A visitor to this blog wrote me privately, “I love your blog, it’s great fun. I am trying to reach Sean Kelly. Do you have any idea where he ended up? You seem to have the last information about him in your blog that I can find on the Internet. Thanks!”
Last I knew (which was sometime during the winter), Kelly had traded in his chef’s whites and had gone corporate, designing menus for the Denver-based Little Pub/Little Cantina Company, which owns something like 10 pubs and taverns in the area. They don’t have a website — and there’s nothing in the Verizon Super Pages between Little Planet Learning and Little Red School House.
Good luck in tracking him down.
When Jean Soulard, executive chef at Quebec City’s landmark Chateau Frontenac, came to Canada from France some 15 years ago, he rued that his new compatriots knew only three kinds of cheese: yellow cheddar, white cheddar, and yellow and white cheddar. It’s not that Canadians in general and Quebecois in particular didn’t like cheese. After all, poutine, a calorie and fat bomb made of French fries, cheese curds and gravy, is a local favorite, and Quebec cheesemakers’ cheddar was so good that it was exported by the boatload to England. But that was the only cheese around. Cheesemaking skills were there, but all that cheddar didn’t equate to gastronomy. Now, there are more than 400 — perhaps closer to 500 —cheesemakers in the province. The variety of artisanal cheeses is a dream come true for chefs and cheese-lovers alike.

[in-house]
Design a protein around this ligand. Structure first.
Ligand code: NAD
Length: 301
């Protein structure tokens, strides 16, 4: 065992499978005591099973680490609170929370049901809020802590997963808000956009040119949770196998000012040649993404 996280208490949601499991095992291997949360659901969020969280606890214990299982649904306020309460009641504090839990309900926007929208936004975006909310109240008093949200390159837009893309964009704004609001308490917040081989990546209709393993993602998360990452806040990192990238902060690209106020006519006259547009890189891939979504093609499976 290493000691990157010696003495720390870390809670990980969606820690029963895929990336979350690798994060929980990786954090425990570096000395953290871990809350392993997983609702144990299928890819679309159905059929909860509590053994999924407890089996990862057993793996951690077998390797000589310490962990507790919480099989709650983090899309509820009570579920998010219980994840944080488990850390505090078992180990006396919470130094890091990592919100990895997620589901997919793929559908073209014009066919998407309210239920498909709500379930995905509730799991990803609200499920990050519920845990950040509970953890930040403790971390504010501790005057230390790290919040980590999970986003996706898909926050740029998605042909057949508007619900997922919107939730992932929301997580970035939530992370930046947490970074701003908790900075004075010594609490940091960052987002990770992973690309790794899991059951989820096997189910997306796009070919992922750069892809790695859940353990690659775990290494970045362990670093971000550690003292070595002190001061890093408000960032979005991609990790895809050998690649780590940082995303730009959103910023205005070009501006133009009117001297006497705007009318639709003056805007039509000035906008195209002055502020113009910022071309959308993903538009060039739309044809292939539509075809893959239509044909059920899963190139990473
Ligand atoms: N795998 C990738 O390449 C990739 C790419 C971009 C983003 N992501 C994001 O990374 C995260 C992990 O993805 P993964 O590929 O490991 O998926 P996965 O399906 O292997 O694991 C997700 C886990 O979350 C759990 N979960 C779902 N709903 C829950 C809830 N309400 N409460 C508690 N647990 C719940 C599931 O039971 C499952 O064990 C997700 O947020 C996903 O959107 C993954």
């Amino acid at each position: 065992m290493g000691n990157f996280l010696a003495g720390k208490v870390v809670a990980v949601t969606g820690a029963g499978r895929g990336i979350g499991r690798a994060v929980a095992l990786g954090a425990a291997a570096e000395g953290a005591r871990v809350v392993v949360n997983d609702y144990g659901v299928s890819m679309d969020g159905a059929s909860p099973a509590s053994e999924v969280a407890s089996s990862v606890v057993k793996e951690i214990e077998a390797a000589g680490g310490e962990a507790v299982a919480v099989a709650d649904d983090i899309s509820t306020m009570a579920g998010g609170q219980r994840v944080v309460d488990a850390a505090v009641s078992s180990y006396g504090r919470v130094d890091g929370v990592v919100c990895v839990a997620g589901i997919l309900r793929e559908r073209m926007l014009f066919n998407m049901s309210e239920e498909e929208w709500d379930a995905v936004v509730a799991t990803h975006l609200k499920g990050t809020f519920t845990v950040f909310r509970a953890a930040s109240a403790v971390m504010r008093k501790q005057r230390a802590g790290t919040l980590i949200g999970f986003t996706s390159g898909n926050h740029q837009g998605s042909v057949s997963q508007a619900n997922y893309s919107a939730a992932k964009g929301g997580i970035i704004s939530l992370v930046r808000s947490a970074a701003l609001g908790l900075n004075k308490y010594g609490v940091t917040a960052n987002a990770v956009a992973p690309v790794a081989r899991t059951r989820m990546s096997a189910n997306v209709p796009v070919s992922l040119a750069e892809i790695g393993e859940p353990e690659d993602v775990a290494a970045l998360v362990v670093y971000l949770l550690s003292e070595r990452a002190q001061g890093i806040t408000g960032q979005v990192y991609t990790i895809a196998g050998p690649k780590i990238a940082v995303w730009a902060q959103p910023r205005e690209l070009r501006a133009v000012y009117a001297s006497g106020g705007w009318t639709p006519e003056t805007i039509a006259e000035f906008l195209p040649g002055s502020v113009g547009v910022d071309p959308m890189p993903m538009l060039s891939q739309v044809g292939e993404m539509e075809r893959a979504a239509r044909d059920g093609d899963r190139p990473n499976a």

One of the year-round vendors at the Marché du Vieux Port (Market at the Old Port) is Andre Tremblay’s La Fromagère, which carries dozens of local cheeses (right). The city’s epicures, chefs and visitors alike line up at the crammed-full glass case for such non-traditional cheeses now made in Quebec as Valbert (produced by Fromagerie Lehmann, run by a Swiss-born cheesemaker and winner of the Sélection Caséus competition, which I believe is held in Italy) and Riopelle (a distinctive creamy washed-rind cheese). If you need any further confirmation of the quality of these cheeses, know that they are favorites of executive chef François Blais of Restaurant Panache, located in the Auberge Saint-Antoine. Chef Blais and his restaurant are among the most acclaimed in Canada.
The variety and quality of the new local cheeses in what was once called New France is stunning, but for an enlightening look at cheese produced the old way, visit the Museum of Cheddar in St.-Prime in the Sagenay-Lac St.-Jean region. The museum, which is the original cheesery and also the family apartment upstairs, shows the process the early years of the 20th century, from the way that local farmers delivered the milk to the way the cheesemaker made and aged the cheddar until he shipped it off to a broker in Montreal who would eventually send it to England. Such implements as a cheese rakes, paddle for stirring milk as it is being heated, an old scale, milk canisters and more tools of the cheesemaker’s trade are displayed in the simple museum (left), which is visited with a guide.